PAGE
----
5. Mike Trout, Angels. He’s still here! With all due respect to most of these other players’ extremely hard work and superhuman physical abilities, the world isn’t going to care that much in 80 years about what they did. The world probably won’t spend much time thinking about Pete Alonso hitting a rookie record 53 homers, any more than you spend time thinking about Al Rosen hitting a then-rookie-record 37 homers in 1950. You think about Chuck Klein’s bold ink much lately? Are we all still talking about how close the 1935 AL MVP race was? Still breathing hard from when Zoilo Versalles broke up Dean Chance’s 1962 no-hit bid in the eighth? Of course not. Most of the emotions that these baseball game produce are just for the people who are around them at the time, and then they get replaced by new emotions by new players produced for new people. Only a few things are really for history, and for this generation, that thing is Mike Trout. Surprises come up every season, but the one storyline that definitely matters every season is simply this: Is Mike Trout still the best player in baseball? Is he in any sort of decline, or does his run as arguably the greatest player ever through Age 2_ continue for another season? Is he still on pace to challenge, a decade from now, the greatest career totals in history? (Through Monday, he leads the AL in homers, slugging and OPS, so there’s the answer.)
4. Mookie Betts, Dodgers. If the dominant individual storyline entering each season is whether Mike Trout is in decline, a secondary storyline is whether anybody will rise up and surpass him. As long as Trout doesn’t decline, the answer is almost certainly not, but a little less footspeed, a little defensive drop-off, and Trout could be caught, so the question turns to “by whom?” Right now, the attention is on Tatis. But the simpler answer might be that Betts has already passed him. Other players have hung with Trout’s WAR for a year or two — Harper, Bellinger, Bregman, Yelich, Josh Donaldson — but nobody else has come close in an extended run of seasons. Betts’ WAR nearly matched Trout’s in 2016; was better than Trout’s in 2018; and is way past Trout’s this year, with Betts leading the majors.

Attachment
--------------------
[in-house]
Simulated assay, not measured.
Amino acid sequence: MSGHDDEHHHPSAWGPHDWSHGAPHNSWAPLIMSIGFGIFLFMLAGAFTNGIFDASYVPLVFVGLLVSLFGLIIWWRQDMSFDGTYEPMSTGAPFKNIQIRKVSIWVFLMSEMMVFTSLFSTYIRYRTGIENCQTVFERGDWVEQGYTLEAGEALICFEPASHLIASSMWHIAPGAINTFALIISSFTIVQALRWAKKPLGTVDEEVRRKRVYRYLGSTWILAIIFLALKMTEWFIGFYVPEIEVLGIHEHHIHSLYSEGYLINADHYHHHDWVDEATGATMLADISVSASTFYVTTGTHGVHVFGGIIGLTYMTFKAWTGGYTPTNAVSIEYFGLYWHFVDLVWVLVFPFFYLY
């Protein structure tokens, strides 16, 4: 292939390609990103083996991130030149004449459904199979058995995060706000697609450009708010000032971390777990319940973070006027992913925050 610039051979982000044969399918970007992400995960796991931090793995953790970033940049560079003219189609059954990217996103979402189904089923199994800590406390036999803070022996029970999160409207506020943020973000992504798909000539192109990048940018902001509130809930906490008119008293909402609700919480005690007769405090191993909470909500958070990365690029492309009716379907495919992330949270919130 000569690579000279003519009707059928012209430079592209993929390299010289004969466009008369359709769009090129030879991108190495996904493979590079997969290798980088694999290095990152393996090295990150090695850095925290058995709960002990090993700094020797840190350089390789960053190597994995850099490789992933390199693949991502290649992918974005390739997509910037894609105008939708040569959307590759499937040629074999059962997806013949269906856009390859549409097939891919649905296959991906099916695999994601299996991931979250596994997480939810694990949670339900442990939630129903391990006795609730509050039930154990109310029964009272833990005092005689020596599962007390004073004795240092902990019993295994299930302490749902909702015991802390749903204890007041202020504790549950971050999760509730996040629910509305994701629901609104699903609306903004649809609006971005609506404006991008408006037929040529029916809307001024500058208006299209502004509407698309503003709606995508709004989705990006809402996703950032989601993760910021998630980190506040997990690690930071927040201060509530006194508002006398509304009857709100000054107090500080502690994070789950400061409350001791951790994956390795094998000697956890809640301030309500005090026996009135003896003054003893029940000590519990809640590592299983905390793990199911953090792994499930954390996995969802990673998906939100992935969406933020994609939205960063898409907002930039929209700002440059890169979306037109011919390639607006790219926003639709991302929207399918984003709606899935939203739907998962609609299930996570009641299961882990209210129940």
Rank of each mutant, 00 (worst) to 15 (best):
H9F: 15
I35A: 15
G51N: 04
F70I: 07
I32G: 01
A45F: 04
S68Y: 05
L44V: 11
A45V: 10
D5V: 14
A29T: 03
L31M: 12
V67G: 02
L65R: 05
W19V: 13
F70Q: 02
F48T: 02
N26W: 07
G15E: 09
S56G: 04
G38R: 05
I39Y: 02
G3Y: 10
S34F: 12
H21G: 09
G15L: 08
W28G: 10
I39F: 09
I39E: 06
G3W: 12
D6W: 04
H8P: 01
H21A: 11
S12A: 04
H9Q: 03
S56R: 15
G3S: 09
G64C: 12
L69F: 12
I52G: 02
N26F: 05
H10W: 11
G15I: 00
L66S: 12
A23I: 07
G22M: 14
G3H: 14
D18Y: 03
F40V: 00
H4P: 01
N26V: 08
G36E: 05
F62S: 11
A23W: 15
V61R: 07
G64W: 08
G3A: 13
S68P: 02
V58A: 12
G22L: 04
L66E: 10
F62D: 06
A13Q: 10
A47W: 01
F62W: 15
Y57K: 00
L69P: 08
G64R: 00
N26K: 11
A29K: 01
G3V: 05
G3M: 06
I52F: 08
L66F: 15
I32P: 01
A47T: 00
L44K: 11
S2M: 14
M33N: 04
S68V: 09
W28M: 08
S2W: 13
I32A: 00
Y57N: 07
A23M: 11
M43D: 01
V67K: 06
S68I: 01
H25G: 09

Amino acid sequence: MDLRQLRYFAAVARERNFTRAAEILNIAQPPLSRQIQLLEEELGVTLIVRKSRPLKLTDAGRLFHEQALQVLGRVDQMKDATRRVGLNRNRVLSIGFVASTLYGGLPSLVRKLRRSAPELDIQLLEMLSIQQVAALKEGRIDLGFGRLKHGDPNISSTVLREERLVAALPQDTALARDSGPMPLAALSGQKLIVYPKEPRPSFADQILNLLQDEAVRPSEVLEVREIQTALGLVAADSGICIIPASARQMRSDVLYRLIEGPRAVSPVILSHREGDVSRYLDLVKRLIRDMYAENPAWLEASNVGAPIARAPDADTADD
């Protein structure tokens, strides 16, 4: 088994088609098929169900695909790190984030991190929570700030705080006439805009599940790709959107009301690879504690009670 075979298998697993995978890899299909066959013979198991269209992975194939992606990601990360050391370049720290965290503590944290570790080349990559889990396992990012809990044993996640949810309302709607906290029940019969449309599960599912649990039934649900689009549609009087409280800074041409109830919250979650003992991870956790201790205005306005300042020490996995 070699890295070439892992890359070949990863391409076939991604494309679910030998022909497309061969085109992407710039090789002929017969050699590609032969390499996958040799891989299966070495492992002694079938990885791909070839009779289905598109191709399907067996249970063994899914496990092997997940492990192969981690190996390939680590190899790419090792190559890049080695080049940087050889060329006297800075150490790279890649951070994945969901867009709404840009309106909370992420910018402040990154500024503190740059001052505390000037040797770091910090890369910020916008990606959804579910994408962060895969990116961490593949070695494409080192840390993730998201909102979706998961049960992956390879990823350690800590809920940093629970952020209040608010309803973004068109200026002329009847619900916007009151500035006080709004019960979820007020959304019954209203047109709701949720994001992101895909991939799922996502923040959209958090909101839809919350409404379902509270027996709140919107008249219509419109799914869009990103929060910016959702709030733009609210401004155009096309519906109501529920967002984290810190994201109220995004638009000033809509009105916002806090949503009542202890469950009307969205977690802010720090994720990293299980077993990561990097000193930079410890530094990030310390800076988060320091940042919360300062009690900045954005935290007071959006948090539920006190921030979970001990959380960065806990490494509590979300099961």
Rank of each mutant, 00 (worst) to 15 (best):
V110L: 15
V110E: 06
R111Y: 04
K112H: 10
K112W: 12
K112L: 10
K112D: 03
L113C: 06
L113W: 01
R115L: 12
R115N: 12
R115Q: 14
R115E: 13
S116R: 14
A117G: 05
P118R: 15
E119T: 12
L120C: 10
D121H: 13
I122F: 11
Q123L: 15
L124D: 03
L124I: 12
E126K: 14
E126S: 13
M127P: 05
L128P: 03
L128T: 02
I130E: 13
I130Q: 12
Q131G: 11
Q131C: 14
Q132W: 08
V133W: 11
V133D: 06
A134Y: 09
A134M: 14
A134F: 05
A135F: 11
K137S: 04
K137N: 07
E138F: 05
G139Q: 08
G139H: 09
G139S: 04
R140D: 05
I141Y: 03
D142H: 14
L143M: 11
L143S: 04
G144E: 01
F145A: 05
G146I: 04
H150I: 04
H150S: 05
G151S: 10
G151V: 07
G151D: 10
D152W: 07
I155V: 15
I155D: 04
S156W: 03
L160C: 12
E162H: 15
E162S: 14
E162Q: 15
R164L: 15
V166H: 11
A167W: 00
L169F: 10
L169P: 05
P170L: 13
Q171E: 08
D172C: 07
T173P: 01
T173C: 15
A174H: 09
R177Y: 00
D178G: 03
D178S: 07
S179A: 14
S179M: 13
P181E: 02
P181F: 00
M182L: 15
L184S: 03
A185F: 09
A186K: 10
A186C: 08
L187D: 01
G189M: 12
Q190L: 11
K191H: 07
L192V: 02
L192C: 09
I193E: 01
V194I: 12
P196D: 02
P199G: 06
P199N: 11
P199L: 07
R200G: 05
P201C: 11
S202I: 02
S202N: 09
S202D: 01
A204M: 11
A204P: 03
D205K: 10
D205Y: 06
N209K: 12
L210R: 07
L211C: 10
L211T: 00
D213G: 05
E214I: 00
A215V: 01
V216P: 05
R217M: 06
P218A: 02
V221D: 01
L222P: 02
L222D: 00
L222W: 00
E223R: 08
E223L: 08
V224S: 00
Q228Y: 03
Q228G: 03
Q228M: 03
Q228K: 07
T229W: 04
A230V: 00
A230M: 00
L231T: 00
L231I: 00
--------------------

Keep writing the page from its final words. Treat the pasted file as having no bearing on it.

3. Luis Robert, White Sox. Another one for the “who’ll pass Trout?” game. Robert is, as his teammate Jose Abreu put it, “the Mike Trout of the Cubans.” Like Trout, and like previous “next-Trout” prospects Byron Buxton and Ronald Acuna Jr., Robert has 95th percentile speed and 480-foot power. Only Abreu has more WAR in the American League, and even if Robert couldn’t hit at all, his defense would put him around No. 50 on this list.
2. Juan Soto, Nationals. Obviously, outlandishly good at hitting — as in, plausibly Ted Williams at this point:
Ted, through age 21: 293 games, 54 HR, .439 OBP, .601 SLG, 203 BB, 161 OPS+
Juan, through Sunday (21): 293 games, 67 HR, .407 OBP, .555 SLG, 204 BB, 148 OPS+
But watchability is about more than drawing walks (and, often, is contrary to drawing walks). Soto is watchable because he, more than any other player in baseball, understands that there’s an audience watching on TV — that, in fact, these days there’s only an audience watching on TV. He goes to the batter’s box — baseball’s version of center stage, that familiar default shot from the center-field camera — and starts the show. He stares down the pitcher, opens his eyes real wide, sometimes bares his teeth and gives us that clear, unobstructed look at his emotions. The pitcher is usually the protagonist in baseball, but Soto seizes that role, and for those three minutes or so, he has a choreographed performance of frustration, of respect, of confidence, of hope. He responds to every pitch. The other team hates it — he reportedly praised J.T. Realmuto for not being “one of the mad catchers” — and I imagine to a crowd of 50,000 a lot of the nuance of his dance gets lost. But to a TV audience, it’s perfect, like King George’s spittle in the filmed production of Hamilton, invisible beyond Row G but appreciated by the audience at home. We’re all, today, the audience at home.
1. Tatis, Padres. On Aug. 27, Tatis was playing probably his worst game of the year. He was facing a rookie named Ljay Newsome, who was making his first major league start, and Tatis just could not get to him. In his first at-bat, he struck out swinging on a fastball right down the middle. In his second, he struck out swinging again, on an unexceptional 92 mph fastball over the inner half. In between, Tatis made an error, bobbling a grounder that might have turned into a double play, and got spun around and handcuffed on what looked like a catchable popup. It was the first game of a doubleheader, and it seemed as if Tatis might have a long, frustrating day.